1. Welcome to the latest edition of the Summary of Mishaps. Lots to cover this week, so let’s get right to it.
A. I always try to think of counseling as something positive, so I’m temporarily taken aback when I read a mishap narrative like the following, about an E-3 aviation boatswain’s mate. He was “upset following counseling,” the report said, so while returning to berthing, he punched a watertight door and broke his hand.
The problem with blowing your stack because of counseling is that you thereby run the risk of getting sent to anger-management counseling. The E-3 had plenty of time for it during his month of light duty.
B. We haven’t reported a kitchen fire for a while, but you remember the drill: making french fries, phone rings, cook gets distracted, pan of grease flames up, cook grabs pan, dumps flaming grease on floor, curtains and/or self. These mishaps led to numerous variations on the theme of “How I Fricaseed My Own Gizzard.”
But you can’t keep a good hazard down, and the results are never amusing. Just ask the E-4 who was in his apartment, cooking dinner, when he noticed a lidded pot of oil start to smoke. This seems O.K. It hadn’t caught fire, and if it had, he had the lid handy. He also had some oven mitts, which he wore while carrying the pot outside. “Attempting to cool it down faster,” the report explained, “he removed the lid.” Presto! The oil instantly caught fire, splashed onto the Sailor's arms and hands, and torched off his shirt, which he took off and used to smother the flames.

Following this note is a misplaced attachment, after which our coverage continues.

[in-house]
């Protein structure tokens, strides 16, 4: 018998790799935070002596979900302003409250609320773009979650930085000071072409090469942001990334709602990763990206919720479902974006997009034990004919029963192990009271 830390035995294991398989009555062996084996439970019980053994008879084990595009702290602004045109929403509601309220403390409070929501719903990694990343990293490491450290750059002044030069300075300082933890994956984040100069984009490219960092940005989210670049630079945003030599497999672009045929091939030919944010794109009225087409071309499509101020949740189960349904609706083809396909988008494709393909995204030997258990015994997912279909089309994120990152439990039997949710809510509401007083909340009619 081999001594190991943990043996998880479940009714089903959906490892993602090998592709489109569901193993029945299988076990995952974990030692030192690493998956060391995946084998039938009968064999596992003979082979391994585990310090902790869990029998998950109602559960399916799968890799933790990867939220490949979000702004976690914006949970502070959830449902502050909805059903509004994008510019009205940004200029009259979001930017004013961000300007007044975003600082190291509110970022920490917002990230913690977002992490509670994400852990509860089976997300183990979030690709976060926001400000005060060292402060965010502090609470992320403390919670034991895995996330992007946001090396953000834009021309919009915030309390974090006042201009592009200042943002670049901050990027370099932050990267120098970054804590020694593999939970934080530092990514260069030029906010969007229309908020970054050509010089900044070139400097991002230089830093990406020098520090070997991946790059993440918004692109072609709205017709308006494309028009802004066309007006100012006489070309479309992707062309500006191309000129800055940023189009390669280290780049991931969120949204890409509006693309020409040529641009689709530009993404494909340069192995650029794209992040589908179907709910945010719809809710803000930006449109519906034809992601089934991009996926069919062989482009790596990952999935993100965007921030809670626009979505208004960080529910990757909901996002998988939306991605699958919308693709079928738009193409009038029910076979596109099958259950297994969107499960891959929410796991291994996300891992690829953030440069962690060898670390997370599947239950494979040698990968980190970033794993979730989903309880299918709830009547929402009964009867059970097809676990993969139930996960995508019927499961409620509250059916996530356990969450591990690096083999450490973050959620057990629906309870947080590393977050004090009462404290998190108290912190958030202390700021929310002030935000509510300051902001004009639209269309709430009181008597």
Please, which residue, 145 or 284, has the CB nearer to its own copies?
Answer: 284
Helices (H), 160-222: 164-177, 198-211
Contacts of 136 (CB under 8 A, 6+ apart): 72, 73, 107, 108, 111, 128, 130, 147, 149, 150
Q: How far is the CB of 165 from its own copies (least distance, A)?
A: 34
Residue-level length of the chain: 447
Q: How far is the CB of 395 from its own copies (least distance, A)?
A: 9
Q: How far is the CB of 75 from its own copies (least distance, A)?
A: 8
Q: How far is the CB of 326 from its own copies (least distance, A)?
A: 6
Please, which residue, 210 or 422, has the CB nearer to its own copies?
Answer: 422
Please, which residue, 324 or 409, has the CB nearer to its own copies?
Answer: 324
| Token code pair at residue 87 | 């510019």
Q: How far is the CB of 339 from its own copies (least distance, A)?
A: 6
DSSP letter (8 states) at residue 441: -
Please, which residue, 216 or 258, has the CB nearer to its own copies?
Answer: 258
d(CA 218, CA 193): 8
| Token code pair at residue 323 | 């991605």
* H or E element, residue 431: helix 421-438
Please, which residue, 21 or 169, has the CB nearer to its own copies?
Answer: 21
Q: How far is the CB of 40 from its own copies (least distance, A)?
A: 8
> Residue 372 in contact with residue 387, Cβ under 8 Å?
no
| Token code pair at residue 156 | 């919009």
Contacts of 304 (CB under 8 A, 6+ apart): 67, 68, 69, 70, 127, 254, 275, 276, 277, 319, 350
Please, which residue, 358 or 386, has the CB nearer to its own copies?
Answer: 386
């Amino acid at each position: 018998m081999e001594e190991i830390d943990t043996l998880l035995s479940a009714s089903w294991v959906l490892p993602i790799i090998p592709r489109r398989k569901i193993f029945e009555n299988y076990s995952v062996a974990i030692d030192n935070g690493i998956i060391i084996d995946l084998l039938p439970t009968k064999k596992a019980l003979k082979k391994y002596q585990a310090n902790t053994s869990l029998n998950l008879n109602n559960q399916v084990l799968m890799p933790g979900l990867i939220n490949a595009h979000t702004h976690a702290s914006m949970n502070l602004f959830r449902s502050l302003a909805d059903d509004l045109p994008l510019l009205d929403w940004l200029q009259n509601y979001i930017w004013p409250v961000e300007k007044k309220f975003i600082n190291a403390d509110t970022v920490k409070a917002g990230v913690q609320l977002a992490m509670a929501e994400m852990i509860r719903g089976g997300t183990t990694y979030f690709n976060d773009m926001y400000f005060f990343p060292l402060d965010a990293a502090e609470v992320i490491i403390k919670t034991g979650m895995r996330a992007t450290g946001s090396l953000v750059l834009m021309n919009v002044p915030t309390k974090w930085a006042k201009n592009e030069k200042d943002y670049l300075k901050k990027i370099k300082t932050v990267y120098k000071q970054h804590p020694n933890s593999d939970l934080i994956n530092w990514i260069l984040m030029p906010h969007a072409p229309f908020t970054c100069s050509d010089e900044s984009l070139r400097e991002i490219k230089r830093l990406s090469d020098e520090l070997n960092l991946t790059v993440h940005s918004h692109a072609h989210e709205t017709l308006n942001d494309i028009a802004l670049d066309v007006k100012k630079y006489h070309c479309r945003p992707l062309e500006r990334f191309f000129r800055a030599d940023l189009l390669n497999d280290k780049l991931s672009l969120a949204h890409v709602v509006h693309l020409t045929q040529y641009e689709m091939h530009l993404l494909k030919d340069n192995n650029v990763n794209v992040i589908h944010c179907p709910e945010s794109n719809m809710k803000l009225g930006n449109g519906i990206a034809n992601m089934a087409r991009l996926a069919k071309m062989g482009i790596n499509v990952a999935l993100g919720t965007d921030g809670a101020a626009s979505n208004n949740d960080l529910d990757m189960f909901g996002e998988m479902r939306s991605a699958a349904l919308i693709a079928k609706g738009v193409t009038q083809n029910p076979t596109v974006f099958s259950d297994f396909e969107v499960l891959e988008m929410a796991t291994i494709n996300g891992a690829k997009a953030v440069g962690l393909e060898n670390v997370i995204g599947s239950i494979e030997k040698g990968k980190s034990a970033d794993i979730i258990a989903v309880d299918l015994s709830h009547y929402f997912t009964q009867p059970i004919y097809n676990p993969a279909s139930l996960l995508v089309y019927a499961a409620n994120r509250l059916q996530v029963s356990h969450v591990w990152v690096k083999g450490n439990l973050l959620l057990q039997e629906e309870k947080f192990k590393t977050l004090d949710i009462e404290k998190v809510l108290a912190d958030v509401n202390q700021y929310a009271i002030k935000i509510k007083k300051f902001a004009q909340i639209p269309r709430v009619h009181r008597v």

For the record, a piece of your own clothing that is already on fire probably isn’t the ideal choice for smothering a fire, but he was beyond the careful-reasoning stage at this point, so we’ll let that go. He suffered burns on 9 percent of body, a few that were second degree. He spent two days in a hospital and two weeks on light duty.
C. On the main deck aboard a merchant ship, a civilian steward-utilityman was moving or lifting or standing under a wooden box. I apologize for being so vague, the report didn’t say what exactly was going on. Nevertheless, the civilian mariner was sufficiently involved with the box for it to fall on her chest. The report said the mishap happened “due to legs from vest catching and turning the box.”
Which leaves just one more question. A vest has legs?
D. Have you ever noticed how one thing leads to another? No? Well, it does. Here’s an example, featuring a civilian police officer at a base in California. It’s lunch time on a day in May, and he’s stationed at one of the incoming lanes of traffic. When a driver presents a badge that doesn’t fit the bill, the officer turns him around and explains how to get the right badge.
So far, so good, except the badge-hunter starts to turn around in the wrong spot. The officer tries to hurry over and stop him. As the officer swivels around, he trips on a planter and a fan mister, knocking over the latter and spilling water on the ground. As he falls, his left arm lands on the fan cage, which sends a jolt of electricity up his arm. He’s alone at the gate, so he radios the main gate for help (I’m guessing that he muttered something like “I’ll explain when you get here”).
A fellow officer arrives and takes him to the base police station. He isn’t feeling too good, so he walks over to a nearby fire station and gets an ambulance to a hospital. Docs give him an EKG and X-rays, find possible nerve damage to his pinky, and send him home with a muscle relaxant and a referral to a specialist. Next time you think you’re having a bad day, remember this one.
2. That’s all for this week, friends and neighbors, see you next time.
May 2013 #4: Thnigs from Last Summer That Certain Unidentified Personnel Would Just As Soon Forget
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Last Reviewed: May 24, 2013